Word-object and action-object association learning across early development
Citable Link (URL):http://resolver.sub.uni-goettingen.de/purl?gs-1/16366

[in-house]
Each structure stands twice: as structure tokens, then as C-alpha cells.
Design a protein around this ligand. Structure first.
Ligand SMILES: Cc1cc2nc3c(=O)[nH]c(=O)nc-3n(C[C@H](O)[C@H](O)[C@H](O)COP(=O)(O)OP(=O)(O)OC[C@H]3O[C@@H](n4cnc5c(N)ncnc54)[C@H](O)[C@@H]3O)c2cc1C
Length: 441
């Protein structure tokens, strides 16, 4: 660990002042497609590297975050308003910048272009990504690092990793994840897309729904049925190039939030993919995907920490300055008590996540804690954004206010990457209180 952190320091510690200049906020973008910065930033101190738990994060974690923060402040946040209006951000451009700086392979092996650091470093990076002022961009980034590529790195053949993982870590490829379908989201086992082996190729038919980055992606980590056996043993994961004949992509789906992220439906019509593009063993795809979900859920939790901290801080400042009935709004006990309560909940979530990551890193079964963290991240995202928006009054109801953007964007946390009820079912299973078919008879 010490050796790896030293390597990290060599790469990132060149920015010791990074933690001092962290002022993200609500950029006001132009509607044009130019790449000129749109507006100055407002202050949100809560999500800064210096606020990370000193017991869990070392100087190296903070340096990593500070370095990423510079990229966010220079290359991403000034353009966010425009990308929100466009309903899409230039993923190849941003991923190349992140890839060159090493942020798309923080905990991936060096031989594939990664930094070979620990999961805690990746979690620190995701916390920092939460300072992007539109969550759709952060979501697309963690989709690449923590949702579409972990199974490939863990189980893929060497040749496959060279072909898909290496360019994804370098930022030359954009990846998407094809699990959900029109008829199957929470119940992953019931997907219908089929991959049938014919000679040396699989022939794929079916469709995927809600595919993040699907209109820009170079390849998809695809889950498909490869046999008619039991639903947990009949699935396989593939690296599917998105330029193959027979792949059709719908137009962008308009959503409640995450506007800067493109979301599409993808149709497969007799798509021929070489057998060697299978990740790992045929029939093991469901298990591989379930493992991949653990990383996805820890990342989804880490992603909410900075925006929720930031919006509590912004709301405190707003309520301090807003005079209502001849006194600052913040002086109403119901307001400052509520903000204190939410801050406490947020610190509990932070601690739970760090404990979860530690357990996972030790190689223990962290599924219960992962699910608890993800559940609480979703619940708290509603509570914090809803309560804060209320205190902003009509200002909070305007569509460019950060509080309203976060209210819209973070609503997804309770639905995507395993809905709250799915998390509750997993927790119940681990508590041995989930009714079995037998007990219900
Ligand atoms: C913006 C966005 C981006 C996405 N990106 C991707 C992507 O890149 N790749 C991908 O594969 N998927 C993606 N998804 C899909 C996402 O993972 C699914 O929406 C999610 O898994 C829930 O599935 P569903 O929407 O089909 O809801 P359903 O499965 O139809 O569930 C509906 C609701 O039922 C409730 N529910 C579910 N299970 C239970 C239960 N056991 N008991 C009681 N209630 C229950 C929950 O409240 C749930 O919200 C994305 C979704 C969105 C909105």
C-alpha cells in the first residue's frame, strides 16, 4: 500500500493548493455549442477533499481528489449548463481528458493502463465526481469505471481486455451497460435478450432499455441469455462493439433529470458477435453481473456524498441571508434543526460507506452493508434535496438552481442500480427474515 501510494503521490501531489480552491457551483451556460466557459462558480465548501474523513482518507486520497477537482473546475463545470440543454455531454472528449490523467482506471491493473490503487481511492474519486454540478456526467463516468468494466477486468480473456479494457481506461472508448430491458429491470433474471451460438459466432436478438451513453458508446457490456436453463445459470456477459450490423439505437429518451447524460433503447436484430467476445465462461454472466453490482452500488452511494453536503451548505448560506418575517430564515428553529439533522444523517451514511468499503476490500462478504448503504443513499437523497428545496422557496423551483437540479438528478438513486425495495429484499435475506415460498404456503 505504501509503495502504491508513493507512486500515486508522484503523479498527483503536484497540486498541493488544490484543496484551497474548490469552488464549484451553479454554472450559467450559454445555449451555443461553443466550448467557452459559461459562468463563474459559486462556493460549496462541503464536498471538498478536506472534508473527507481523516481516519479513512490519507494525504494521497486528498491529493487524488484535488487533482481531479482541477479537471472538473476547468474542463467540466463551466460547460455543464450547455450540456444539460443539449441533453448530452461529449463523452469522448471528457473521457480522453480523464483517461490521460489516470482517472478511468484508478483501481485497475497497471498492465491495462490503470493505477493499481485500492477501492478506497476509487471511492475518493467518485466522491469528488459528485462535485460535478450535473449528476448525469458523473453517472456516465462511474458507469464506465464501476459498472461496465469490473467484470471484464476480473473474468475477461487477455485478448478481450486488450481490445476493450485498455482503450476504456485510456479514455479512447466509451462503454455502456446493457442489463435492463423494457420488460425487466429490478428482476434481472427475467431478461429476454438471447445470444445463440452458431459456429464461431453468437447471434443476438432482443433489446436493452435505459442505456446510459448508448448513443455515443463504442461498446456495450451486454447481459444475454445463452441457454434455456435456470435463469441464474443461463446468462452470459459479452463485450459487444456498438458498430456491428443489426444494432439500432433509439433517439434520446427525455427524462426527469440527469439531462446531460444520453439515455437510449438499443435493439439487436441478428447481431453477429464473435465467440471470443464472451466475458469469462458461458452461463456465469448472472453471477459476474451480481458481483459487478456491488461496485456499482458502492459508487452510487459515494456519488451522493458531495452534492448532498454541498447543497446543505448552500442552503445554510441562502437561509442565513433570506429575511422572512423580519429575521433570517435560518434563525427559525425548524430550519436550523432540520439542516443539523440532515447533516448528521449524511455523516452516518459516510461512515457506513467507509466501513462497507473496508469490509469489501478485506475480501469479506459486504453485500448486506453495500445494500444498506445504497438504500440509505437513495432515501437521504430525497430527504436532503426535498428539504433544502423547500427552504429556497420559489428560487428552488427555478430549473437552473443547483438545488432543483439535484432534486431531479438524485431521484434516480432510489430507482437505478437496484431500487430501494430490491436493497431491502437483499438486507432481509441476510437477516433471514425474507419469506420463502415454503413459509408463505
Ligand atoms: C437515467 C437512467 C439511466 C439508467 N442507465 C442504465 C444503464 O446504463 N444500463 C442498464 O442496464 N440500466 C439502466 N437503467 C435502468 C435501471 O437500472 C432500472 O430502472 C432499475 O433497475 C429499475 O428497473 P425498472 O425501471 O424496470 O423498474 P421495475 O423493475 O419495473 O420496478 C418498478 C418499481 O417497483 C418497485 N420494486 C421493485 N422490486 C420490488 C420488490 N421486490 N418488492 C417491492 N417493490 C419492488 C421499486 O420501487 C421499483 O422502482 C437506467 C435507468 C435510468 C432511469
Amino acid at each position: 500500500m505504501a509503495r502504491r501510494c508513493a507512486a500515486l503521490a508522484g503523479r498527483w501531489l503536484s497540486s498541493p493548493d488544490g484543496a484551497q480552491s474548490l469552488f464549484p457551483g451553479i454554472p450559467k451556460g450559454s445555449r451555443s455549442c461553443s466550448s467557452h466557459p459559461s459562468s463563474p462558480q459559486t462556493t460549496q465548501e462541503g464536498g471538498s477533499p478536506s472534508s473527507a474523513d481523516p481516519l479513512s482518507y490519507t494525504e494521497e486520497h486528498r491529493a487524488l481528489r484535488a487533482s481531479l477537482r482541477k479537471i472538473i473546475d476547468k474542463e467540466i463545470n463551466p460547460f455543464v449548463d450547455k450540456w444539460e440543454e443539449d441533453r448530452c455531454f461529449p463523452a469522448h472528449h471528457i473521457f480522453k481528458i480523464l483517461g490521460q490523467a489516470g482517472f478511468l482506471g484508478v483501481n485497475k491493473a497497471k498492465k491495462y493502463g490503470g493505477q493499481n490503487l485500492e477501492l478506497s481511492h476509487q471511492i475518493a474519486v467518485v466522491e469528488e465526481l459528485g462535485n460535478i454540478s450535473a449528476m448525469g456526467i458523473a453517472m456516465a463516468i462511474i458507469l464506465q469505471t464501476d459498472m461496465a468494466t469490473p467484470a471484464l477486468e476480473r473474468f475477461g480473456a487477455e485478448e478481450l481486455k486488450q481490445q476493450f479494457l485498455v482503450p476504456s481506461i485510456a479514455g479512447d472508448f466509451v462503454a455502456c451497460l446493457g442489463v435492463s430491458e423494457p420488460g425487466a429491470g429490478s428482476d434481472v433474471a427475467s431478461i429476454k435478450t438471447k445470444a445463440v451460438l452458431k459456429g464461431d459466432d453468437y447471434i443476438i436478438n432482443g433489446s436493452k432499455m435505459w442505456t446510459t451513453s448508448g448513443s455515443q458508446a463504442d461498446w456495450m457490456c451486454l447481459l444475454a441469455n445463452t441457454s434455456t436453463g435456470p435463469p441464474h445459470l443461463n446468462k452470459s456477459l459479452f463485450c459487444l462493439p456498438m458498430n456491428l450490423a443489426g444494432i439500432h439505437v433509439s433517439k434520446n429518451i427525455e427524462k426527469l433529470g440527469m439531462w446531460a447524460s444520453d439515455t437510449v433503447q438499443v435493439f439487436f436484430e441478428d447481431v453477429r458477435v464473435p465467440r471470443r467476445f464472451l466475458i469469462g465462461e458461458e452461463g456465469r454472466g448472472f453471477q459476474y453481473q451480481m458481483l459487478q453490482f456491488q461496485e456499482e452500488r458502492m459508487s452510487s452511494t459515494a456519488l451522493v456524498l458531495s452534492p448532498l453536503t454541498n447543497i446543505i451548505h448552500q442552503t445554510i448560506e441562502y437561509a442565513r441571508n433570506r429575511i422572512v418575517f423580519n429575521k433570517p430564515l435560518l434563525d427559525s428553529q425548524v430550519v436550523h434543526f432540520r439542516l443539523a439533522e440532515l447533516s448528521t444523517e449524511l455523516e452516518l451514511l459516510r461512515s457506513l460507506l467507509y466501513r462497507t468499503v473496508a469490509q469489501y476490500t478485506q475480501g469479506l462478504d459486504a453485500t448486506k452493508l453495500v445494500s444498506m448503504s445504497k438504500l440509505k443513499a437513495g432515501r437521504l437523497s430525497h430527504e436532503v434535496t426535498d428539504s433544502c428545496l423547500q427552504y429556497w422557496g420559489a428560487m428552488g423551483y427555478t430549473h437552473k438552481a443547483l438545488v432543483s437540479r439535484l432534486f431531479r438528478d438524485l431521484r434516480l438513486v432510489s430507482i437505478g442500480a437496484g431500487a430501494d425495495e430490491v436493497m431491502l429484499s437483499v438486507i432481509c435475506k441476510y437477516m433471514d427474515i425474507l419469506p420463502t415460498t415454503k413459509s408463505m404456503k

Successful communication often involves comprehension of both spoken language and observed actions with and without objects. Even very young infants can learn associations between actions and objects as well as between words and objects. However, in daily life, children are usually confronted with both kinds of input simultaneously. Choosing the critical information to attend to in such situations might help children structure the input, and thereby, allow for successful learning. In the current study, we therefore, investigated the developmental time course of children's and adults' word and action learning when given the opportunity to learn both word-object and action-object associations for the same object. All participants went through a learning phase and a test phase. In the learning phase, they were presented with two novel objects which were associated with a distinct novel name (e.g., "Look, a Tanu") and a distinct novel action (e.g., moving up and down while tilting sideways). In the test phase, participants were presented with both objects on screen in a baseline phase, then either heard one of the two labels or saw one of the two actions in a prime phase, and then saw the two objects again on screen in a recognition phase. Throughout the trial, participants' target looking was recorded to investigate whether participants looked at the target object upon hearing its label or seeing its action, and thus, would show learning of the word-object and action-object associations. Growth curve analyses revealed that 12-month-olds showed modest learning of action-object associations, 36-month-olds learned word-object associations, and adults learned word-object and action-object associations. These results highlight how children attend to the different information types from the two modalities through which communication is addressed to them. Over time, with increased exposure to systematic word-object mappings, children attend less to action-object mappings, with the latter potentially being mediated by word-object learning even in adulthood. Thus, choosing between different kinds of input that may be more relevant in their rich environment encompassing different modalities might help learning at different points in development.